<TechnicalProfile Id="Saml2AssertionIssuer">
      <DisplayName>Token Issuer</DisplayName>
      <Protocol Name="SAML2"/>
      <OutputTokenFormat>SAML2</OutputTokenFormat>
      <Metadata>
        <!-- The issuer contains the policy name; it should be the same name as configured in the relying party application. B2C_1A_signup_signin_SAML is used below. -->
        <!--<Item Key="IssuerUri">https://tenant-name.b2clogin.com/tenant-name.onmicrosoft.com/B2C_1A_signup_signin_SAML</Item>-->
      </Metadata>
      <CryptographicKeys>
        <Key Id="MetadataSigning" StorageReferenceId="B2C_1A_SamlIdpCert"/>
        <Key Id="SamlAssertionSigning" StorageReferenceId="B2C_1A_SamlIdpCert"/>
        <Key Id="SamlMessageSigning" StorageReferenceId="B2C_1A_SamlIdpCert"/>
      </CryptographicKeys>
      <InputClaims/>
      <OutputClaims/>
      <UseTechnicalProfileForSessionManagement ReferenceId="SM-Saml-issuer"/>
    </TechnicalProfile>

    <!-- Session management technical profile for SAML based tokens -->
    <TechnicalProfile Id="SM-Saml-issuer">
      <DisplayName>Session Management Provider</DisplayName>
      <Protocol Name="Proprietary" Handler="Web.TPEngine.SSO.SamlSSOSessionProvider, Web.TPEngine, Version=1.0.0.0, Culture=neutral, PublicKeyToken=null"/>
    </TechnicalProfile>

  </TechnicalProfiles>
</ClaimsProvider>

3. Add the SAML relying party policy

Now that your tenant can issue SAML assertions, you need to create the SAML relying party policy, and modify the user journey so that it issues a SAML assertion instead of a JWT.

3.1 Create sign-up or sign-in policy

  1. Create a copy of the SignUpOrSignin.xml file in your starter pack working directory and save it with a new name. For example, SignUpOrSigninSAML.xml. This is your relying party policy file.

  2. Open the SignUpOrSigninSAML.xml file in your preferred editor.

  3. Change the PolicyId and PublicPolicyUri of the policy to B2C_1A_signup_signin_saml and http://tenant-name.onmicrosoft.com/B2C_1A_signup_signin_saml as seen below.

    <TrustFrameworkPolicy
    xmlns:xsi="http://www.w3.org/2001/XMLSchema-instance"
    xmlns:xsd="http://www.w3.org/2001/XMLSchema"
    xmlns="http://schemas.microsoft.com/online/cpim/schemas/2013/06"
    PolicySchemaVersion="0.3.0.0"
    TenantId="tenant-name.onmicrosoft.com"
    PolicyId="B2C_1A_signup_signin_saml"
    PublicPolicyUri="http://tenant-name.onmicrosoft.com/B2C_1A_signup_signin_saml">
    
  4. Add following XML snippet just before the <RelyingParty> element. This XML overwrites orchestration step number 7 of the SignUpOrSignIn user journey. If you started from a different folder in the starter pack, or customized your user journey by adding or removing orchestration steps, make sure the number (in the order element) is aligned with the one specified in the user journey for the token issuer step (for example, in the other starter pack folders it's step number 4 for LocalAccounts, 6 for SocialAccounts and 9 for SocialAndLocalAccountsWithMfa).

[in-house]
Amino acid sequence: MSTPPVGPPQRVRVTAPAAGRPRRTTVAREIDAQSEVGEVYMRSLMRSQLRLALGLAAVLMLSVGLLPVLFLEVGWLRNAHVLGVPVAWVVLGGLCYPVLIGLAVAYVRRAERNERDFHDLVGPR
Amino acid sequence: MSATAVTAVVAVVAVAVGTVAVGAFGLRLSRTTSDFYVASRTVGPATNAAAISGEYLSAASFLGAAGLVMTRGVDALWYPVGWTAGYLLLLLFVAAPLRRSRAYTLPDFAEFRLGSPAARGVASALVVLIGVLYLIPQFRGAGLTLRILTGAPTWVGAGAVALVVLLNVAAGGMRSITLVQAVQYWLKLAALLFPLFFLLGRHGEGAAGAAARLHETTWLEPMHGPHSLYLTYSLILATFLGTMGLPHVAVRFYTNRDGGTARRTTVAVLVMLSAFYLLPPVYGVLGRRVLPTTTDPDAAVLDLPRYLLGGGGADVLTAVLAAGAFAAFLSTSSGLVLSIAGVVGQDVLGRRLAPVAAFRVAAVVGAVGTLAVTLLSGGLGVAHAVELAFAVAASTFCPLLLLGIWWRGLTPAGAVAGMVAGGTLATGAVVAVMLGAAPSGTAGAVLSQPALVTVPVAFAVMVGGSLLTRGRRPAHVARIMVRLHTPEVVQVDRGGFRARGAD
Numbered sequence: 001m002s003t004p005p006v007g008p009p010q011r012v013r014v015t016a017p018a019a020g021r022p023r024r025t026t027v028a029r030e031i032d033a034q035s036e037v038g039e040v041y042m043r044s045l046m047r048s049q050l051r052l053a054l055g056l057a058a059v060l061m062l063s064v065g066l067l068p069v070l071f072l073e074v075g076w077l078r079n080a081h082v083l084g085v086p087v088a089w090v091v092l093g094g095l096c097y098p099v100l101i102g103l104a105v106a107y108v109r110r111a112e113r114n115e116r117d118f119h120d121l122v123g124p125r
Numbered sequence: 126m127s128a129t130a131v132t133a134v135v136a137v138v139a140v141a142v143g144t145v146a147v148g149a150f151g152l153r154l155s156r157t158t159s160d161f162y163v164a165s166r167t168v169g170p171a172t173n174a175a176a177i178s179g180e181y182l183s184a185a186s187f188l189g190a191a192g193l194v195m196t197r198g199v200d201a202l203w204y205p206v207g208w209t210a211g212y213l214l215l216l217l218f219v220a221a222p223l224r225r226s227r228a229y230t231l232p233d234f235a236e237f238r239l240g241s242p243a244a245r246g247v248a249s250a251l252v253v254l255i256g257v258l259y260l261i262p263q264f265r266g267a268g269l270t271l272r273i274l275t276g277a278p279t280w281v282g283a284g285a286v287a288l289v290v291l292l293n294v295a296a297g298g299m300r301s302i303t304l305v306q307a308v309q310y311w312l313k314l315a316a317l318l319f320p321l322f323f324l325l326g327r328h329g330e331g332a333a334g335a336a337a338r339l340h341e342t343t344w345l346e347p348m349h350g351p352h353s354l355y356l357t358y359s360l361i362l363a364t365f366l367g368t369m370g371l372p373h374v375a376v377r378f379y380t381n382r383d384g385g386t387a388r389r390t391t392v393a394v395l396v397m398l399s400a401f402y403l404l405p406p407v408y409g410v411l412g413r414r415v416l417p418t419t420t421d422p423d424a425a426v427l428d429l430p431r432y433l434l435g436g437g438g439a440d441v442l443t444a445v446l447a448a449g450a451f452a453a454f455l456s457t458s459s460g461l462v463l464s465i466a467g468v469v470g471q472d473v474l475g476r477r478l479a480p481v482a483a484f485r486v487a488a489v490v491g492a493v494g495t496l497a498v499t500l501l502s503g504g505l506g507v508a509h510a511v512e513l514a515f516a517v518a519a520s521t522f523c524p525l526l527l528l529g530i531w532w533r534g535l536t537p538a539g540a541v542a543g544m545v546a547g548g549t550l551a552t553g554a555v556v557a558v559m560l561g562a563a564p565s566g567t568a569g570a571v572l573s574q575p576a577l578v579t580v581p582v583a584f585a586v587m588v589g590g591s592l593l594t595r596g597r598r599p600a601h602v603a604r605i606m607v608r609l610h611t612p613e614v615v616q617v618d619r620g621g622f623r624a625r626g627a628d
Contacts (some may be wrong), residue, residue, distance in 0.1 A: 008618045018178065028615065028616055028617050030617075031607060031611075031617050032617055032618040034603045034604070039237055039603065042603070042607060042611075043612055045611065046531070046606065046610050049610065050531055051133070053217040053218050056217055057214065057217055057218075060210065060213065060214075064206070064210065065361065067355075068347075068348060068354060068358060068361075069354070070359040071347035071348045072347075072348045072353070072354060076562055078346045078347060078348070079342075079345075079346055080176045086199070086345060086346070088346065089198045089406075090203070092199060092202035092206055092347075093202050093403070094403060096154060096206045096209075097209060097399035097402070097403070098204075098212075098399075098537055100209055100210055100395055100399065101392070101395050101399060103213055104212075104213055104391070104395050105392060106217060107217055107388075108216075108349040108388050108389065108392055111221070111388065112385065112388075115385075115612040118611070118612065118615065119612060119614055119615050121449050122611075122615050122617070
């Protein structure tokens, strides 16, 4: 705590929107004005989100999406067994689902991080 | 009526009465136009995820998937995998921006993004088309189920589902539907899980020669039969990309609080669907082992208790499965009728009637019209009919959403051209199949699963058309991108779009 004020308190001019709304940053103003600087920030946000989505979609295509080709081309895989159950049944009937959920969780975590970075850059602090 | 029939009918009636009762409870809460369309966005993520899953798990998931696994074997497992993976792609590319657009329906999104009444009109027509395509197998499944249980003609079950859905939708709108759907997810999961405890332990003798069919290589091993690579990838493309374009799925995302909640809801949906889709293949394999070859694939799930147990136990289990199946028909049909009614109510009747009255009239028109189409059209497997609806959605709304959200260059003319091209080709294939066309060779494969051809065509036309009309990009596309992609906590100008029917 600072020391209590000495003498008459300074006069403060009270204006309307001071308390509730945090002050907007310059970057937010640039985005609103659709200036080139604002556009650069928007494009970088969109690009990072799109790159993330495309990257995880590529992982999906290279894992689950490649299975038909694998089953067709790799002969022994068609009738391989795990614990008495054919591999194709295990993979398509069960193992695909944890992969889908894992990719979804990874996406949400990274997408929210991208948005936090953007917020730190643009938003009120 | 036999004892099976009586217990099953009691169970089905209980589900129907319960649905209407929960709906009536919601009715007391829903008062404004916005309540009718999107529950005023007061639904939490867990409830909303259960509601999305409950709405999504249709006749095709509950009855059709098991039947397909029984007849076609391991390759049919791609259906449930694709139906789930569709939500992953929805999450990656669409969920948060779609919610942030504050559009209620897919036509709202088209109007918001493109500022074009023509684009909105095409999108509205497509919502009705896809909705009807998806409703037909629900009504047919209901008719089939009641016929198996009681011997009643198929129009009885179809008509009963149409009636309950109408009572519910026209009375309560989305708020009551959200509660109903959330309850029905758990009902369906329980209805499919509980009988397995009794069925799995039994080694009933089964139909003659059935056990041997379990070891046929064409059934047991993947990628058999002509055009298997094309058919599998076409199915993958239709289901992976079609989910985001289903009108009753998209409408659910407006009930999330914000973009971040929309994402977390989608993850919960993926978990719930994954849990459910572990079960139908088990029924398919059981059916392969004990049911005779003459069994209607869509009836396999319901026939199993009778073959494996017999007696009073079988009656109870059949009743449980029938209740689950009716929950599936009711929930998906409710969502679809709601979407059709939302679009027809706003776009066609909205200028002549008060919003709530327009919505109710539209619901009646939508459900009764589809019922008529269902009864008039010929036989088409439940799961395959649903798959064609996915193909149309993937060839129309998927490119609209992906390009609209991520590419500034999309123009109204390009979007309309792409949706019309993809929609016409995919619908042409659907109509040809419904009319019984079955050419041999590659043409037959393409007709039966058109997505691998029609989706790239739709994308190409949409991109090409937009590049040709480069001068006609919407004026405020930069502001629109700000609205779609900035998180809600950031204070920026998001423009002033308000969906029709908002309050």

<UserJourneys>
      <UserJourney Id="SignUpOrSignIn">
        <OrchestrationSteps>
          <OrchestrationStep Order="7" Type="SendClaims" CpimIssuerTechnicalProfileReferenceId="Saml2AssertionIssuer"/>
        </OrchestrationSteps>
      </UserJourney>
    </UserJourneys>
    
  5. Replace the entire <TechnicalProfile> element in the <RelyingParty> element with the following technical profile XML.

    <TechnicalProfile Id="PolicyProfile">
      <DisplayName>PolicyProfile</DisplayName>
      <Protocol Name="SAML2"/>
      <OutputClaims>
        <OutputClaim ClaimTypeReferenceId="displayName" />
        <OutputClaim ClaimTypeReferenceId="givenName" />
        <OutputClaim ClaimTypeReferenceId="surname" />
        <OutputClaim ClaimTypeReferenceId="email" DefaultValue="" />
        <OutputClaim ClaimTypeReferenceId="identityProvider" DefaultValue="" />
        <OutputClaim ClaimTypeReferenceId="objectId" PartnerClaimType="objectId"/>
      </OutputClaims>
      <SubjectNamingInfo ClaimType="objectId" ExcludeAsClaim="true"/>
    </TechnicalProfile>
    
  6. Update tenant-name with the name of your Azure AD B2C tenant.

Your final relying party policy file should look like the following:

<?xml version="1.0" encoding="UTF-8" standalone="yes"?>
<TrustFrameworkPolicy
  xmlns:xsi="http://www.w3.org/2001/XMLSchema-instance"
  xmlns:xsd="http://www.w3.org/2001/XMLSchema"
  xmlns="http://schemas.microsoft.com/online/cpim/schemas/2013/06"
  PolicySchemaVersion="0.3.0.0"
  TenantId="contoso.onmicrosoft.com"
  PolicyId="B2C_1A_signup_signin_saml"
  PublicPolicyUri="http://contoso.onmicrosoft.com/B2C_1A_signup_signin_saml">

  <BasePolicy>
    <TenantId>contoso.onmicrosoft.com</TenantId>
    <PolicyId>B2C_1A_TrustFrameworkExtensions</PolicyId>
  </BasePolicy>

  <UserJourneys>
    <UserJourney Id="SignUpOrSignIn">
      <OrchestrationSteps>
        <OrchestrationStep Order="7" Type="SendClaims" CpimIssuerTechnicalProfileReferenceId="Saml2AssertionIssuer"/>
      </OrchestrationSteps>
    </UserJourney>
  </UserJourneys>

  <RelyingParty>
    <DefaultUserJourney ReferenceId="SignUpOrSignIn" />
    <TechnicalProfile Id="PolicyProfile">
      <DisplayName>PolicyProfile</DisplayName>
      <Protocol Name="SAML2"/>
      <OutputClaims>
        <OutputClaim ClaimTypeReferenceId="displayName" />
        <OutputClaim ClaimTypeReferenceId="givenName" />
        <OutputClaim ClaimTypeReferenceId="surname" />
        <OutputClaim ClaimTypeReferenceId="email" DefaultValue="" />
        <OutputClaim ClaimTypeReferenceId="identityProvider" DefaultValue="" />
        <OutputClaim ClaimTypeReferenceId="objectId" PartnerClaimType="objectId"/>
      </OutputClaims>
      <SubjectNamingInfo ClaimType="objectId" ExcludeAsClaim="true"/>
    </TechnicalProfile>
  </RelyingParty>
</TrustFrameworkPolicy>

3.2 Upload and test your policy metadata

Save your changes and upload the new policy file. After you've uploaded both policies (the extension and the relying party files), open a web browser and navigate to the policy metadata.